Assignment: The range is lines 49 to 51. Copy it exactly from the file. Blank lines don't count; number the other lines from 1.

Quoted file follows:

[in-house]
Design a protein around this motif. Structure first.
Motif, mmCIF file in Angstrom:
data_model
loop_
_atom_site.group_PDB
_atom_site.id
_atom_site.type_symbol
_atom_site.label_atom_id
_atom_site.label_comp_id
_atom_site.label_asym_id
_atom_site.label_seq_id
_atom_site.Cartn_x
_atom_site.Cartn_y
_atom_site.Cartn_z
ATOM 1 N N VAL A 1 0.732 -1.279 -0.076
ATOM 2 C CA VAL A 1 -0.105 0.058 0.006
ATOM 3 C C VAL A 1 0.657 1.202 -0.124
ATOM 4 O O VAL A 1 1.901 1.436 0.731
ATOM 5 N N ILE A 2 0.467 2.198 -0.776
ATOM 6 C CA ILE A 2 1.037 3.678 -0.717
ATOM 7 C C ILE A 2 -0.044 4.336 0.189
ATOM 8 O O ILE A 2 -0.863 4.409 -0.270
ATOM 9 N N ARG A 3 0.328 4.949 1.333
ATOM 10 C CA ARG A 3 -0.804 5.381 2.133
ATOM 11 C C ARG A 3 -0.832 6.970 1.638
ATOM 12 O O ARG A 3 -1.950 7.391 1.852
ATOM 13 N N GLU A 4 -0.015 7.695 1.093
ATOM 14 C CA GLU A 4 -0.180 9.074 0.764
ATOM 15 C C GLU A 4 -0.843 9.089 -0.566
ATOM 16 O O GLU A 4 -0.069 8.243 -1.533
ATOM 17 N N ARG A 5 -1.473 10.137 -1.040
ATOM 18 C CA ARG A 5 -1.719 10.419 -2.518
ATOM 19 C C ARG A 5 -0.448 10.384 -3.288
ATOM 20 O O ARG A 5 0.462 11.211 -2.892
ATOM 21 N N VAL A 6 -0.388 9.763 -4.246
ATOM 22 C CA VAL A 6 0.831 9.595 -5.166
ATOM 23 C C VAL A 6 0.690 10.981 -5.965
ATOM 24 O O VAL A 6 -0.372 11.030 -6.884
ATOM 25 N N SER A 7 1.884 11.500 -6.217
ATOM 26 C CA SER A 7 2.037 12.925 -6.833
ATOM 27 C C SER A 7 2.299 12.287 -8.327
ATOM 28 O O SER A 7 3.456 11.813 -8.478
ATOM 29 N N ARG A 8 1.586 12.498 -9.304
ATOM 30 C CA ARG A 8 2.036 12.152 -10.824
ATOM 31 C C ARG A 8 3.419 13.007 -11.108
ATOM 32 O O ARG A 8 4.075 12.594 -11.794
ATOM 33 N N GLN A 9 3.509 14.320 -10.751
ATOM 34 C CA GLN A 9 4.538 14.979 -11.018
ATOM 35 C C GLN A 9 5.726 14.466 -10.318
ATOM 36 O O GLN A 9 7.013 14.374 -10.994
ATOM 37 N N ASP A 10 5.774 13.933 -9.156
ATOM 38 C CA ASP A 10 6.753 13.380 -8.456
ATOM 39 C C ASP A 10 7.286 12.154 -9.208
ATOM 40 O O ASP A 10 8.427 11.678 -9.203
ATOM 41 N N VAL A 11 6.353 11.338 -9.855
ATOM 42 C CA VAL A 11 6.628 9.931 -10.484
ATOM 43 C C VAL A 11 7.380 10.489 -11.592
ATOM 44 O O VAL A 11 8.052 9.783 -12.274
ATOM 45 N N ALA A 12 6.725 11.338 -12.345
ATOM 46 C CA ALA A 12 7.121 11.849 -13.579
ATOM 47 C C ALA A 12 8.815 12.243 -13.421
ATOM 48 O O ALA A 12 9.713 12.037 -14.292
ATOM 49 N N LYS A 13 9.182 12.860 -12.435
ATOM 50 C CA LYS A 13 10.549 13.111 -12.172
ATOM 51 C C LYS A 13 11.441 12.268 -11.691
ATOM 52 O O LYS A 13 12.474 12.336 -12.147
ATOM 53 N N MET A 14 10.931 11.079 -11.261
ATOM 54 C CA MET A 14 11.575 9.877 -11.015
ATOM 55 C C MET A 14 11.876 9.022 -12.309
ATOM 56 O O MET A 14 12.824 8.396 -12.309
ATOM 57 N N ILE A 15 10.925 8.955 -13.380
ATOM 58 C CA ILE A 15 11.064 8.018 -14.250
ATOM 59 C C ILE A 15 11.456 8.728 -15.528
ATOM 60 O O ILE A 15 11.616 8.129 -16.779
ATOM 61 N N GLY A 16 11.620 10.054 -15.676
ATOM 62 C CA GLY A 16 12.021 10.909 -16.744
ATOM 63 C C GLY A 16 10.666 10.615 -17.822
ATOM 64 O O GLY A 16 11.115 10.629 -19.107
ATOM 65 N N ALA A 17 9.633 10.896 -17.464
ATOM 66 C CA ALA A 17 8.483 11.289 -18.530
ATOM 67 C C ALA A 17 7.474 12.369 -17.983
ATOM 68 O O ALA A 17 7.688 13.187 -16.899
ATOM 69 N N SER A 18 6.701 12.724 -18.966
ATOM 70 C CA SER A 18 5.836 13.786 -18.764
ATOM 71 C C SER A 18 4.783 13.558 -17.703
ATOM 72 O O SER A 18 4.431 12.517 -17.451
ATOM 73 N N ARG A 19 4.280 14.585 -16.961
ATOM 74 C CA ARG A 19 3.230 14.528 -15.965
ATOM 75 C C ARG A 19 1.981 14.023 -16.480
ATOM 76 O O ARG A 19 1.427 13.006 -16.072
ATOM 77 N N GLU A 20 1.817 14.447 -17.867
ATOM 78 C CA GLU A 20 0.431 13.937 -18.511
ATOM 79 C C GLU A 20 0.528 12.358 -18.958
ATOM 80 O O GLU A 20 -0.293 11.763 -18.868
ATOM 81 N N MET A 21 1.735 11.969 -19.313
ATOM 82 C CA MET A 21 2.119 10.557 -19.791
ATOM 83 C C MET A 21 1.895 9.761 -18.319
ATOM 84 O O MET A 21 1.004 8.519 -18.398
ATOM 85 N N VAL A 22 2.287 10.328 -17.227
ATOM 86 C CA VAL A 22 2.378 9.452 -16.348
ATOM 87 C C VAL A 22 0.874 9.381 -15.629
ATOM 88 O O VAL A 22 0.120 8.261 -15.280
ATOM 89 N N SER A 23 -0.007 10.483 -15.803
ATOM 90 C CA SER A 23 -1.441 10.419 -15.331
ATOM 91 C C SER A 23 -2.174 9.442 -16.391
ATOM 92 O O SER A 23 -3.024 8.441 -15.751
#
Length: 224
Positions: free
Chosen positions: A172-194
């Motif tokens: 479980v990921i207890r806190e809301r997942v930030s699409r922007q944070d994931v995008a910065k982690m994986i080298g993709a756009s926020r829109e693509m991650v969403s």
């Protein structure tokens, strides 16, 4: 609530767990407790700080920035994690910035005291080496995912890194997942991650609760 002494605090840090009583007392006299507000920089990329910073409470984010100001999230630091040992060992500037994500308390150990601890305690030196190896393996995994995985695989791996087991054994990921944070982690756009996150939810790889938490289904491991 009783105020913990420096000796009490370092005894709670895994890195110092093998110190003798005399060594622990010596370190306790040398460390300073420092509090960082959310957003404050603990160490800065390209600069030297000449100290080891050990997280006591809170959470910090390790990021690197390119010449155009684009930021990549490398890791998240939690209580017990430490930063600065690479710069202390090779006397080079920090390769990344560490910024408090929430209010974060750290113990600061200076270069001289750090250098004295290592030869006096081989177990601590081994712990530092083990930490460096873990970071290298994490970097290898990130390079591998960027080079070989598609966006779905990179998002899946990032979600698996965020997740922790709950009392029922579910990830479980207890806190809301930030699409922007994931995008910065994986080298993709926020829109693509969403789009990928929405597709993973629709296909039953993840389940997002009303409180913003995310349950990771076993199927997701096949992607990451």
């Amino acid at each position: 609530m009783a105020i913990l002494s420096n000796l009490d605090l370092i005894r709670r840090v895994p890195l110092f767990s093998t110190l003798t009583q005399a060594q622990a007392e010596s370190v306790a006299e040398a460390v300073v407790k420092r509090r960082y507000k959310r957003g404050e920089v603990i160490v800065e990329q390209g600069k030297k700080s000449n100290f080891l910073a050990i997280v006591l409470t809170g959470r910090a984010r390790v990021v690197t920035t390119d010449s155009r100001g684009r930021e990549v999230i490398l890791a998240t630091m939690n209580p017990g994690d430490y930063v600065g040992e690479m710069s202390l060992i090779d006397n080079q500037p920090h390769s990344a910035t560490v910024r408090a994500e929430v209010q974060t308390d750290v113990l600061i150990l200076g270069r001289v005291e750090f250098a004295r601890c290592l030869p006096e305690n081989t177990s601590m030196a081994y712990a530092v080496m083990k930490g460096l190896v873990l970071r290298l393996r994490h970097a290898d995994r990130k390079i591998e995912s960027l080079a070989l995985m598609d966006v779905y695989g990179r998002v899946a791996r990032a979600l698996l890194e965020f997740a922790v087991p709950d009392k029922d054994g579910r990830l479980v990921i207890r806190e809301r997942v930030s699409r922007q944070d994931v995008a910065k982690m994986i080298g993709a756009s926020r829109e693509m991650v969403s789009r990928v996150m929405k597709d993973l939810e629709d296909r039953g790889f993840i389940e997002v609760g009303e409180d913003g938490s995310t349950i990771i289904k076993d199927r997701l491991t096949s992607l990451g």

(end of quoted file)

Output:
ATOM 34 C CA GLN A 9 4.538 14.979 -11.018
ATOM 35 C C GLN A 9 5.726 14.466 -10.318
ATOM 36 O O GLN A 9 7.013 14.374 -10.994